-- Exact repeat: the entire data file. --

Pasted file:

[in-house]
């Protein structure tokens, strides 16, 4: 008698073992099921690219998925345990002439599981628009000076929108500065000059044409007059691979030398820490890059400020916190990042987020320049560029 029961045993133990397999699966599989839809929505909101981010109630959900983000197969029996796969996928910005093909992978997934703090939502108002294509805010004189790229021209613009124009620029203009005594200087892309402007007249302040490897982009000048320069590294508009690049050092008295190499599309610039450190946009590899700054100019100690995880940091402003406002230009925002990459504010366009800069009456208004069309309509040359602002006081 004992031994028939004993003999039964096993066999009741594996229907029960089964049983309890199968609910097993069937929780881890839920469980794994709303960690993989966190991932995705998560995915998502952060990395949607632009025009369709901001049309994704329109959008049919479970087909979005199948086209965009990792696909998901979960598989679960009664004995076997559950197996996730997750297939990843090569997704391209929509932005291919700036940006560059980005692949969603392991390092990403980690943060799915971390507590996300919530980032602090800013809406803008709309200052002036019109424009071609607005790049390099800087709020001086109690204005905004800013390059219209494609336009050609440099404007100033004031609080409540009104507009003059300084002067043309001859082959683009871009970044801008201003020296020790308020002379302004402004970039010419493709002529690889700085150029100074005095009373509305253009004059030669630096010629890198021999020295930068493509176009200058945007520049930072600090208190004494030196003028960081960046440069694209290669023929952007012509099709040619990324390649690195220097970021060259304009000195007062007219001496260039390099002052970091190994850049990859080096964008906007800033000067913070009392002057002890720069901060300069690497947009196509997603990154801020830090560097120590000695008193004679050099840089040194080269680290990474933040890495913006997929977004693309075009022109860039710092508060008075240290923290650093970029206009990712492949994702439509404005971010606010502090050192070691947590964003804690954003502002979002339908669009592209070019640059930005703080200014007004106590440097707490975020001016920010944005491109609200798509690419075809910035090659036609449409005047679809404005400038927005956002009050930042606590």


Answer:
[in-house]
């Protein structure tokens, strides 16, 4: 008698073992099921690219998925345990002439599981628009000076929108500065000059044409007059691979030398820490890059400020916190990042987020320049560029 029961045993133990397999699966599989839809929505909101981010109630959900983000197969029996796969996928910005093909992978997934703090939502108002294509805010004189790229021209613009124009620029203009005594200087892309402007007249302040490897982009000048320069590294508009690049050092008295190499599309610039450190946009590899700054100019100690995880940091402003406002230009925002990459504010366009800069009456208004069309309509040359602002006081 004992031994028939004993003999039964096993066999009741594996229907029960089964049983309890199968609910097993069937929780881890839920469980794994709303960690993989966190991932995705998560995915998502952060990395949607632009025009369709901001049309994704329109959008049919479970087909979005199948086209965009990792696909998901979960598989679960009664004995076997559950197996996730997750297939990843090569997704391209929509932005291919700036940006560059980005692949969603392991390092990403980690943060799915971390507590996300919530980032602090800013809406803008709309200052002036019109424009071609607005790049390099800087709020001086109690204005905004800013390059219209494609336009050609440099404007100033004031609080409540009104507009003059300084002067043309001859082959683009871009970044801008201003020296020790308020002379302004402004970039010419493709002529690889700085150029100074005095009373509305253009004059030669630096010629890198021999020295930068493509176009200058945007520049930072600090208190004494030196003028960081960046440069694209290669023929952007012509099709040619990324390649690195220097970021060259304009000195007062007219001496260039390099002052970091190994850049990859080096964008906007800033000067913070009392002057002890720069901060300069690497947009196509997603990154801020830090560097120590000695008193004679050099840089040194080269680290990474933040890495913006997929977004693309075009022109860039710092508060008075240290923290650093970029206009990712492949994702439509404005971010606010502090050192070691947590964003804690954003502002979002339908669009592209070019640059930005703080200014007004106590440097707490975020001016920010944005491109609200798509690419075809910035090659036609449409005047679809404005400038927005956002009050930042606590």